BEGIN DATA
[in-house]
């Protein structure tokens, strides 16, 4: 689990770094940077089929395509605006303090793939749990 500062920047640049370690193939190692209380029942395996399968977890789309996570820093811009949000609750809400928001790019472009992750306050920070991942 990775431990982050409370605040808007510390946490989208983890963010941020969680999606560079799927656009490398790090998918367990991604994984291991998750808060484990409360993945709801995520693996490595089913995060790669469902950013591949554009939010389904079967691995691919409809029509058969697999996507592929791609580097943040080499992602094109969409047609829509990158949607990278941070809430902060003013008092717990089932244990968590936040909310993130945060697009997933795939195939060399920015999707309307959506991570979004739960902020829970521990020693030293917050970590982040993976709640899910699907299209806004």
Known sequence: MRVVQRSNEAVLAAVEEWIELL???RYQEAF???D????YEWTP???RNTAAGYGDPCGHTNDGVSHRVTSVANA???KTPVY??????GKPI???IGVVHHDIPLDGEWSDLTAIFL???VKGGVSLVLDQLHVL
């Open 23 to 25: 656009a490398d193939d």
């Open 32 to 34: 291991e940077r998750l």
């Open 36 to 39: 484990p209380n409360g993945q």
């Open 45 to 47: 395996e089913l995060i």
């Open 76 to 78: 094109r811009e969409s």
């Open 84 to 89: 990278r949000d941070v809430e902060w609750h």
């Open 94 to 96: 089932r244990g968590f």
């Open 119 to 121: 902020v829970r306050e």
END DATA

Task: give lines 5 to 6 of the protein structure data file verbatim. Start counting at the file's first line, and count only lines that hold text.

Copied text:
């Open 32 to 34: 291991e940077r998750l």
């Open 36 to 39: 484990p209380n409360g993945q």